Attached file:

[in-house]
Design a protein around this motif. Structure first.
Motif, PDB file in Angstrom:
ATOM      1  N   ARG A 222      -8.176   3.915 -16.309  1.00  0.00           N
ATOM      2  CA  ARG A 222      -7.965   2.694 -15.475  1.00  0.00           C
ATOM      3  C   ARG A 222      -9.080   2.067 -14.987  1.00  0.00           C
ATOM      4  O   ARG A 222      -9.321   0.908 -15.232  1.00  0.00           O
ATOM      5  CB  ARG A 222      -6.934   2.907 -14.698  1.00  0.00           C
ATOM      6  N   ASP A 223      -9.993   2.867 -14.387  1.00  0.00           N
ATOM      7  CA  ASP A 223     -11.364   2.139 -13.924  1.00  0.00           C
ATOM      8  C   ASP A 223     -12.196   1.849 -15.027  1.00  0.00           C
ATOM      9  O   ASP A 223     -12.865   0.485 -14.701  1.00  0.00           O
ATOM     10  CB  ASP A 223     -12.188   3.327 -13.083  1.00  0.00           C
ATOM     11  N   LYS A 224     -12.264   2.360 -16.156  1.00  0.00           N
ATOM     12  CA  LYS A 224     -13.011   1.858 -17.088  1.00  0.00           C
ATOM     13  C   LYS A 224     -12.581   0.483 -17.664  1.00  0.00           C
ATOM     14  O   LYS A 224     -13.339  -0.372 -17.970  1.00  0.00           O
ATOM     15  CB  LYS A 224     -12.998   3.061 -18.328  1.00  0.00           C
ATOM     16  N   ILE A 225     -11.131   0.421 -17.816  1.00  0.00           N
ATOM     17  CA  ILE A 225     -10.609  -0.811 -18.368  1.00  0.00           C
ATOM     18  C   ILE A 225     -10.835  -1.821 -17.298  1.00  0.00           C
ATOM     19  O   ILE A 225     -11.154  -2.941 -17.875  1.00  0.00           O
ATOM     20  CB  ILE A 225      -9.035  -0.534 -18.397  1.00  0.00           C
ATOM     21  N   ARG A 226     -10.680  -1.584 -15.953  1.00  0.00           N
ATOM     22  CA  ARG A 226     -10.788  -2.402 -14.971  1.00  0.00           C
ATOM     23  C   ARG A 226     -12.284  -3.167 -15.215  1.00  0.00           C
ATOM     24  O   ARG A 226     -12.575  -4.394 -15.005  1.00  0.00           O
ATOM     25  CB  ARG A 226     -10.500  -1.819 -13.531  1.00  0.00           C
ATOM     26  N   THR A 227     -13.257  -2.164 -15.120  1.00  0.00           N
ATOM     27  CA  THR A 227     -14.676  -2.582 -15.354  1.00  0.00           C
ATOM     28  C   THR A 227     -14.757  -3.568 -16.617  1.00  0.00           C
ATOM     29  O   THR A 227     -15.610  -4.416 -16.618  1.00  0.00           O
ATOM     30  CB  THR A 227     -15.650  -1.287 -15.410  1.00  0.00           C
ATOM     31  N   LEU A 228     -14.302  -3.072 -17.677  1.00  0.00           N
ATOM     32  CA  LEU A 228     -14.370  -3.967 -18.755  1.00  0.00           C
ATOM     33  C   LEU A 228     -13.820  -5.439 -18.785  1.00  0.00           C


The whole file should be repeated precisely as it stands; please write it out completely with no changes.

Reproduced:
[in-house]
Design a protein around this motif. Structure first.
Motif, PDB file in Angstrom:
ATOM      1  N   ARG A 222      -8.176   3.915 -16.309  1.00  0.00           N
ATOM      2  CA  ARG A 222      -7.965   2.694 -15.475  1.00  0.00           C
ATOM      3  C   ARG A 222      -9.080   2.067 -14.987  1.00  0.00           C
ATOM      4  O   ARG A 222      -9.321   0.908 -15.232  1.00  0.00           O
ATOM      5  CB  ARG A 222      -6.934   2.907 -14.698  1.00  0.00           C
ATOM      6  N   ASP A 223      -9.993   2.867 -14.387  1.00  0.00           N
ATOM      7  CA  ASP A 223     -11.364   2.139 -13.924  1.00  0.00           C
ATOM      8  C   ASP A 223     -12.196   1.849 -15.027  1.00  0.00           C
ATOM      9  O   ASP A 223     -12.865   0.485 -14.701  1.00  0.00           O
ATOM     10  CB  ASP A 223     -12.188   3.327 -13.083  1.00  0.00           C
ATOM     11  N   LYS A 224     -12.264   2.360 -16.156  1.00  0.00           N
ATOM     12  CA  LYS A 224     -13.011   1.858 -17.088  1.00  0.00           C
ATOM     13  C   LYS A 224     -12.581   0.483 -17.664  1.00  0.00           C
ATOM     14  O   LYS A 224     -13.339  -0.372 -17.970  1.00  0.00           O
ATOM     15  CB  LYS A 224     -12.998   3.061 -18.328  1.00  0.00           C
ATOM     16  N   ILE A 225     -11.131   0.421 -17.816  1.00  0.00           N
ATOM     17  CA  ILE A 225     -10.609  -0.811 -18.368  1.00  0.00           C
ATOM     18  C   ILE A 225     -10.835  -1.821 -17.298  1.00  0.00           C
ATOM     19  O   ILE A 225     -11.154  -2.941 -17.875  1.00  0.00           O
ATOM     20  CB  ILE A 225      -9.035  -0.534 -18.397  1.00  0.00           C
ATOM     21  N   ARG A 226     -10.680  -1.584 -15.953  1.00  0.00           N
ATOM     22  CA  ARG A 226     -10.788  -2.402 -14.971  1.00  0.00           C
ATOM     23  C   ARG A 226     -12.284  -3.167 -15.215  1.00  0.00           C
ATOM     24  O   ARG A 226     -12.575  -4.394 -15.005  1.00  0.00           O
ATOM     25  CB  ARG A 226     -10.500  -1.819 -13.531  1.00  0.00           C
ATOM     26  N   THR A 227     -13.257  -2.164 -15.120  1.00  0.00           N
ATOM     27  CA  THR A 227     -14.676  -2.582 -15.354  1.00  0.00           C
ATOM     28  C   THR A 227     -14.757  -3.568 -16.617  1.00  0.00           C
ATOM     29  O   THR A 227     -15.610  -4.416 -16.618  1.00  0.00           O
ATOM     30  CB  THR A 227     -15.650  -1.287 -15.410  1.00  0.00           C
ATOM     31  N   LEU A 228     -14.302  -3.072 -17.677  1.00  0.00           N
ATOM     32  CA  LEU A 228     -14.370  -3.967 -18.755  1.00  0.00           C
ATOM     33  C   LEU A 228     -13.820  -5.439 -18.785  1.00  0.00           C